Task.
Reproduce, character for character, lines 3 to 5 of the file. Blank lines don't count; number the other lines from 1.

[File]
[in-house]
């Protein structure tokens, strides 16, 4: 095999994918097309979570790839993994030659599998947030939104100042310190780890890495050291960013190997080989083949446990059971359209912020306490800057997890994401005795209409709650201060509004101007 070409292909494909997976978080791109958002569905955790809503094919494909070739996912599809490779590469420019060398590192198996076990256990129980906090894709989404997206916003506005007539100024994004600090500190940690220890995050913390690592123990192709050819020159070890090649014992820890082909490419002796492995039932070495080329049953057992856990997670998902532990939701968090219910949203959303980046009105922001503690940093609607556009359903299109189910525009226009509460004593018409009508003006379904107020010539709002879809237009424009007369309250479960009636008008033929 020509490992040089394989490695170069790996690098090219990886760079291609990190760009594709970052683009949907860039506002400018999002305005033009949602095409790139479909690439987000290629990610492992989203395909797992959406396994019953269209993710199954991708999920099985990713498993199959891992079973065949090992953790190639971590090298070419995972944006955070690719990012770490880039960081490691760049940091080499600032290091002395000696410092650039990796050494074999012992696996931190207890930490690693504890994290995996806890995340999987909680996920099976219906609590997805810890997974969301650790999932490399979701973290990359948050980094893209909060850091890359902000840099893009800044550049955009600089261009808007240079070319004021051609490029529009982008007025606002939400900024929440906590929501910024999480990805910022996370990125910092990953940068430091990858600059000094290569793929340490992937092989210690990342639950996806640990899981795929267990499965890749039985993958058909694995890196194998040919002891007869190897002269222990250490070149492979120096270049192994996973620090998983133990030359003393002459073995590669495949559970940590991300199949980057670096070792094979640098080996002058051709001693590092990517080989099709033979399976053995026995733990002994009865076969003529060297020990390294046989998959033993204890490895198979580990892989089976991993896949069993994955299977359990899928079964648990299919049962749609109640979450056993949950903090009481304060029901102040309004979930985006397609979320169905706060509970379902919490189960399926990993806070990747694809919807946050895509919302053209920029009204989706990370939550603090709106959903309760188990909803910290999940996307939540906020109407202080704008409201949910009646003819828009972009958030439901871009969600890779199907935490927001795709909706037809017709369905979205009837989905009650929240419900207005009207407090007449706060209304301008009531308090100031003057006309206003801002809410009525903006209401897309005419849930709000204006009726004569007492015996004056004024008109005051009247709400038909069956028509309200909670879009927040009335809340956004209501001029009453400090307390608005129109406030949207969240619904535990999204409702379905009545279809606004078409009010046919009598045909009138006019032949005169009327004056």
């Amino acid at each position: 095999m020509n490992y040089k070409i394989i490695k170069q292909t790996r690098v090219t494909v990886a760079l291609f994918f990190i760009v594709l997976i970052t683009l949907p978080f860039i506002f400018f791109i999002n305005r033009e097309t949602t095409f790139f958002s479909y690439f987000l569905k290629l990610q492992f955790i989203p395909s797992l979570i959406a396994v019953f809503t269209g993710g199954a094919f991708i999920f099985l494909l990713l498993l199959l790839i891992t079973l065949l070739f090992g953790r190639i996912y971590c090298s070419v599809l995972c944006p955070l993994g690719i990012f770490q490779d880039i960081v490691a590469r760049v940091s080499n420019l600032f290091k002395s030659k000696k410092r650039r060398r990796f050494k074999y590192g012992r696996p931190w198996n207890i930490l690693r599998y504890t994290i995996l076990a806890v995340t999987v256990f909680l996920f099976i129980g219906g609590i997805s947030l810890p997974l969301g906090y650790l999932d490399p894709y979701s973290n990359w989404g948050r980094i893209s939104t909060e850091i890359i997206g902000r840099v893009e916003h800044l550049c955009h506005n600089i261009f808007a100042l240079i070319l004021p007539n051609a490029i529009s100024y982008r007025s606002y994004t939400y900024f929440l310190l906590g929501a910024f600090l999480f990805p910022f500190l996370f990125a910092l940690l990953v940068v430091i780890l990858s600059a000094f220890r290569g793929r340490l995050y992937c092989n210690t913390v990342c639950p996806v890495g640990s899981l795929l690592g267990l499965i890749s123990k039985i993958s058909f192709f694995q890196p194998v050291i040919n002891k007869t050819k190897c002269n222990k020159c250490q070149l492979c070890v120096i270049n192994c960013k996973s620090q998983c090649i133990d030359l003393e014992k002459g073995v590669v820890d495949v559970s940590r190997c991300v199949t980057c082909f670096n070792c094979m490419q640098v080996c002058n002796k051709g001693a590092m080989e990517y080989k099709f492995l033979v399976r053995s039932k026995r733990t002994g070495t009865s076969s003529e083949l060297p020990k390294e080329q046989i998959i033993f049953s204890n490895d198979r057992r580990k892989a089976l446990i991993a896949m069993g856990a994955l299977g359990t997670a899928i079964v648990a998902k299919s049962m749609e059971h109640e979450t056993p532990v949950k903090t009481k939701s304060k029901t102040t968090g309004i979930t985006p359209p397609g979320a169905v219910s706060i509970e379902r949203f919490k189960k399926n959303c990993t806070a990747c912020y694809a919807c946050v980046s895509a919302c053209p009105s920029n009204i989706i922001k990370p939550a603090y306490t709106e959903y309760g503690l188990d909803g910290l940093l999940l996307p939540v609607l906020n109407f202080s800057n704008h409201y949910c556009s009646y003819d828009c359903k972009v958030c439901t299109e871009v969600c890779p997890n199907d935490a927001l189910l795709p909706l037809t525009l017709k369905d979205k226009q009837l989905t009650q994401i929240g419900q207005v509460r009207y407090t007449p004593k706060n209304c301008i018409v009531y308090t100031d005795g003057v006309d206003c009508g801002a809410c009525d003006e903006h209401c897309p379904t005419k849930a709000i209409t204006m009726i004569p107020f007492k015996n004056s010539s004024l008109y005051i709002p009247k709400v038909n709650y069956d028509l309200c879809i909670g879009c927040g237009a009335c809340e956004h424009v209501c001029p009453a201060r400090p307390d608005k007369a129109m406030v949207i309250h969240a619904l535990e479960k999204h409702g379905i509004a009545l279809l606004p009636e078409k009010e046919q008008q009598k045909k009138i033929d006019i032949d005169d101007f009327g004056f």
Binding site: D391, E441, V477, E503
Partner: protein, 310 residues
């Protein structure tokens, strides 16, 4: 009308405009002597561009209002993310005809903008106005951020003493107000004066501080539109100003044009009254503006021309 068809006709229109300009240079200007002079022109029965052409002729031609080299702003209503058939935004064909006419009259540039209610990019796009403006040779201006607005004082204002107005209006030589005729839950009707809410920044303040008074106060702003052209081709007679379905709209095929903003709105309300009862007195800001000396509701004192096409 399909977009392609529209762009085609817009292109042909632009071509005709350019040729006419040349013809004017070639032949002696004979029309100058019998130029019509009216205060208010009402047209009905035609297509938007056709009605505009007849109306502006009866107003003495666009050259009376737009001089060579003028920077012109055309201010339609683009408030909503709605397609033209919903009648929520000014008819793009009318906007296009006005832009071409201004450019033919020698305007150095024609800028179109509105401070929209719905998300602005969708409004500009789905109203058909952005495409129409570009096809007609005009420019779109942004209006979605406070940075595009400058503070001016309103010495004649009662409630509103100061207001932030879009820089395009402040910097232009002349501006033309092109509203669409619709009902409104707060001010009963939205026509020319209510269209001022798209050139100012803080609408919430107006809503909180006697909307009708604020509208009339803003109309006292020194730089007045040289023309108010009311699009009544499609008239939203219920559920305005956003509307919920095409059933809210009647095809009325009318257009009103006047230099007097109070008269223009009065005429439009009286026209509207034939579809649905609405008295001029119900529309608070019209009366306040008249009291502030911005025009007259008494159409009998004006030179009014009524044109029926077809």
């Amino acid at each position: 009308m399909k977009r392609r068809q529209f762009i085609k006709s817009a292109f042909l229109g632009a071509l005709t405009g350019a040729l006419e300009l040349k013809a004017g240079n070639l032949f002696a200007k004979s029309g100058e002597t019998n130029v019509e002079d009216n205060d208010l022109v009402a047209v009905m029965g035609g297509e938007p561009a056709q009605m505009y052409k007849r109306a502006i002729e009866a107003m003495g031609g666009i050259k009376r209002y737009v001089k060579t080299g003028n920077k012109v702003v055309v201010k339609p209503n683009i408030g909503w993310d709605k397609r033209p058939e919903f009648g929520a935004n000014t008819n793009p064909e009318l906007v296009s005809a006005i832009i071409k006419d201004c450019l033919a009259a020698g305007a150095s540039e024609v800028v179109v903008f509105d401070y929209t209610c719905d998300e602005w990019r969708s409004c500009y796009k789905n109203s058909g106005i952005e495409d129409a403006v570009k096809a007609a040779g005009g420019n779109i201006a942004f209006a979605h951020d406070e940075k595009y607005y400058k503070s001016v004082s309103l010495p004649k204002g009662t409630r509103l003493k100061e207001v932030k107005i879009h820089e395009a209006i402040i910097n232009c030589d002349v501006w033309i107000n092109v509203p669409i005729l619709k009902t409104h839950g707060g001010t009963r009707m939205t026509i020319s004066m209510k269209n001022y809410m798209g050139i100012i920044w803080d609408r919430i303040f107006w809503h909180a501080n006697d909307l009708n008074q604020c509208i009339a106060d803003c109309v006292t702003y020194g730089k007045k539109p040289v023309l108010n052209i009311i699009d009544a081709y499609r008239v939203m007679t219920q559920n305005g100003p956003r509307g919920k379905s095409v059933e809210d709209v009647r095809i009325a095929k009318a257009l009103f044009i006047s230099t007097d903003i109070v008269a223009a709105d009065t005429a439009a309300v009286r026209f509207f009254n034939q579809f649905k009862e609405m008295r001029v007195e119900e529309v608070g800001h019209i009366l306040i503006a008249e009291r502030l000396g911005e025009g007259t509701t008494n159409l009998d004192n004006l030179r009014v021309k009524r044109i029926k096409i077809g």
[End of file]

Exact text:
């Amino acid at each position: 095999m020509n490992y040089k070409i394989i490695k170069q292909t790996r690098v090219t494909v990886a760079l291609f994918f990190i760009v594709l997976i970052t683009l949907p978080f860039i506002f400018f791109i999002n305005r033009e097309t949602t095409f790139f958002s479909y690439f987000l569905k290629l990610q492992f955790i989203p395909s797992l979570i959406a396994v019953f809503t269209g993710g199954a094919f991708i999920f099985l494909l990713l498993l199959l790839i891992t079973l065949l070739f090992g953790r190639i996912y971590c090298s070419v599809l995972c944006p955070l993994g690719i990012f770490q490779d880039i960081v490691a590469r760049v940091s080499n420019l600032f290091k002395s030659k000696k410092r650039r060398r990796f050494k074999y590192g012992r696996p931190w198996n207890i930490l690693r599998y504890t994290i995996l076990a806890v995340t999987v256990f909680l996920f099976i129980g219906g609590i997805s947030l810890p997974l969301g906090y650790l999932d490399p894709y979701s973290n990359w989404g948050r980094i893209s939104t909060e850091i890359i997206g902000r840099v893009e916003h800044l550049c955009h506005n600089i261009f808007a100042l240079i070319l004021p007539n051609a490029i529009s100024y982008r007025s606002y994004t939400y900024f929440l310190l906590g929501a910024f600090l999480f990805p910022f500190l996370f990125a910092l940690l990953v940068v430091i780890l990858s600059a000094f220890r290569g793929r340490l995050y992937c092989n210690t913390v990342c639950p996806v890495g640990s899981l795929l690592g267990l499965i890749s123990k039985i993958s058909f192709f694995q890196p194998v050291i040919n002891k007869t050819k190897c002269n222990k020159c250490q070149l492979c070890v120096i270049n192994c960013k996973s620090q998983c090649i133990d030359l003393e014992k002459g073995v590669v820890d495949v559970s940590r190997c991300v199949t980057c082909f670096n070792c094979m490419q640098v080996c002058n002796k051709g001693a590092m080989e990517y080989k099709f492995l033979v399976r053995s039932k026995r733990t002994g070495t009865s076969s003529e083949l060297p020990k390294e080329q046989i998959i033993f049953s204890n490895d198979r057992r580990k892989a089976l446990i991993a896949m069993g856990a994955l299977g359990t997670a899928i079964v648990a998902k299919s049962m749609e059971h109640e979450t056993p532990v949950k903090t009481k939701s304060k029901t102040t968090g309004i979930t985006p359209p397609g979320a169905v219910s706060i509970e379902r949203f919490k189960k399926n959303c990993t806070a990747c912020y694809a919807c946050v980046s895509a919302c053209p009105s920029n009204i989706i922001k990370p939550a603090y306490t709106e959903y309760g503690l188990d909803g910290l940093l999940l996307p939540v609607l906020n109407f202080s800057n704008h409201y949910c556009s009646y003819d828009c359903k972009v958030c439901t299109e871009v969600c890779p997890n199907d935490a927001l189910l795709p909706l037809t525009l017709k369905d979205k226009q009837l989905t009650q994401i929240g419900q207005v509460r009207y407090t007449p004593k706060n209304c301008i018409v009531y308090t100031d005795g003057v006309d206003c009508g801002a809410c009525d003006e903006h209401c897309p379904t005419k849930a709000i209409t204006m009726i004569p107020f007492k015996n004056s010539s004024l008109y005051i709002p009247k709400v038909n709650y069956d028509l309200c879809i909670g879009c927040g237009a009335c809340e956004h424009v209501c001029p009453a201060r400090p307390d608005k007369a129109m406030v949207i309250h969240a619904l535990e479960k999204h409702g379905i509004a009545l279809l606004p009636e078409k009010e046919q008008q009598k045909k009138i033929d006019i032949d005169d101007f009327g004056f």
Binding site: D391, E441, V477, E503
Partner: protein, 310 residues